Thursday, September 03, 2009

FHA: The Next Bailout?

by Bill McBride on 9/03/2009 09:25:00 PM

John Burns Consulting sent out a note today titled: FHA Likely To Be The Next Shoe To Drop

"The FHA's aggressive lending programs have continued throughout the housing downturn, causing its market share of the mortgage industry to grow from 2% in 2005 to 23% today. ... The FHA insurance fund, however, is likely running dry. ...

While almost all of the experts believe that Congress would support the FHA if necessary (it's currently self-funded), we wonder if FHA officials will be under pressure to continue tightening their lending policies, which currently allow 96.5% mortgages to people with 600 FICO scores. ... Claims against the insurance fund have climbed, with roughly 7% of all FHA-insured loans now delinquent.
And from the WSJ: Loan Losses Spark Concern Over FHA
The Federal Housing Administration ... is in danger of seeing its reserves fall below the level demanded by Congress, according to government officials, in a development that could raise concerns about whether the agency needs a taxpayer bailout.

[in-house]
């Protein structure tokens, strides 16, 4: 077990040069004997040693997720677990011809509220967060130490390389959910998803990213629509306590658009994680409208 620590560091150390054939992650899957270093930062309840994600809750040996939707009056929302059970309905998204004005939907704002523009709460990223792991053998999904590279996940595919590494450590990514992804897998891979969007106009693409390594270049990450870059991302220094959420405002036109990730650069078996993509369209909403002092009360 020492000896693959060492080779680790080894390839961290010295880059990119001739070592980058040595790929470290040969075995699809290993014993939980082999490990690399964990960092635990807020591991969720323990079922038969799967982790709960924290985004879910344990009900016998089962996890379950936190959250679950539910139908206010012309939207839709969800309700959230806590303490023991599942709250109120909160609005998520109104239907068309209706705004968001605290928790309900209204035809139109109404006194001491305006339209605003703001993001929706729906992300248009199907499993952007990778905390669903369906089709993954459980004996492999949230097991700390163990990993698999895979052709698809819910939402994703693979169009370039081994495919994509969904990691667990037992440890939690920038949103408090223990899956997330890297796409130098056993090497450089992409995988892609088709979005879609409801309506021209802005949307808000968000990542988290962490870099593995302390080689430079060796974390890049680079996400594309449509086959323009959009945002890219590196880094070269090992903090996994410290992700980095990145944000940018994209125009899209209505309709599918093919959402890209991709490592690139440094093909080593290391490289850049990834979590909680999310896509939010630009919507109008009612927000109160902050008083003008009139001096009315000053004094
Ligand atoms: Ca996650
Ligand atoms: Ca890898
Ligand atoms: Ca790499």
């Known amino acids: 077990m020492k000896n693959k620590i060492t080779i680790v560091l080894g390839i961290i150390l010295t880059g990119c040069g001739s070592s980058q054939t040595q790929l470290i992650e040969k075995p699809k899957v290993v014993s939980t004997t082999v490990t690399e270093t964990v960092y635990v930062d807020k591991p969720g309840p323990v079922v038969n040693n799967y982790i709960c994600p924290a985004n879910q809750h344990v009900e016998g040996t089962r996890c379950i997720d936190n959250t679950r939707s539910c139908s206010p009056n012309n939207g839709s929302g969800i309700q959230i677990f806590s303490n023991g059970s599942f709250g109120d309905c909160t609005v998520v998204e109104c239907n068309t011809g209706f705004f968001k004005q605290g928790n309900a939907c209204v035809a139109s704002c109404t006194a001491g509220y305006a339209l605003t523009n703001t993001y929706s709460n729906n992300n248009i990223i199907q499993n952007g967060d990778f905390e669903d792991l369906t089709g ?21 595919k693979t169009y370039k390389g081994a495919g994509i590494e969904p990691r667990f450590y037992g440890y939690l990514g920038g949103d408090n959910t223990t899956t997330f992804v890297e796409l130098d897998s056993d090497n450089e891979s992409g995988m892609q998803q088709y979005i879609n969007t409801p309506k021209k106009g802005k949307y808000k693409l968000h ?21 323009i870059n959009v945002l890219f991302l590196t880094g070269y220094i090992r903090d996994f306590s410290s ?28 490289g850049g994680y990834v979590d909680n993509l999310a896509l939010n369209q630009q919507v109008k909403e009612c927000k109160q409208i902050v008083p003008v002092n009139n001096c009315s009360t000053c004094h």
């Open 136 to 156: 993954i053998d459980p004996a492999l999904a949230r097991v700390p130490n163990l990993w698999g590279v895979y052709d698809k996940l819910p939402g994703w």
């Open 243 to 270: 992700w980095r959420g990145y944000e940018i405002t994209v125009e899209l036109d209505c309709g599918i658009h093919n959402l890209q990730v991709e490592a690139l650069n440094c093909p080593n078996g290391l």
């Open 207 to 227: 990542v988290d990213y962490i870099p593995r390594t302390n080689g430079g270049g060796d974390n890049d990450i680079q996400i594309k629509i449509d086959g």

...
Resulting FHA losses are offset by premiums paid by borrowers. Federal law says the FHA must maintain, after expected losses, reserves equal to at least 2% of the loans insured by the agency. The ratio last year was around 3%, down from 6.4% in 2007.
...
Officials said as recently as May that they didn't expect to fall below the 2% limit, but home price declines have exceeded those used to model their expected losses. Given the pace of those declines, "there is no way they will make the 2%" if the current study follows last year's methodology, says [Thomas Lawler, an independent housing economist].
Based on the issues at the FHA, the end of the tax credit, and more supply coming on the market, Burns concluded that "housing could see another leg down later this year or early next year":
[W]atch the growing controversy regarding the FHA very carefully. The decisions made to allow the FHA to continue lending will have a huge impact on the housing market, particularly when so few entry-level buyers have a substantial down payment.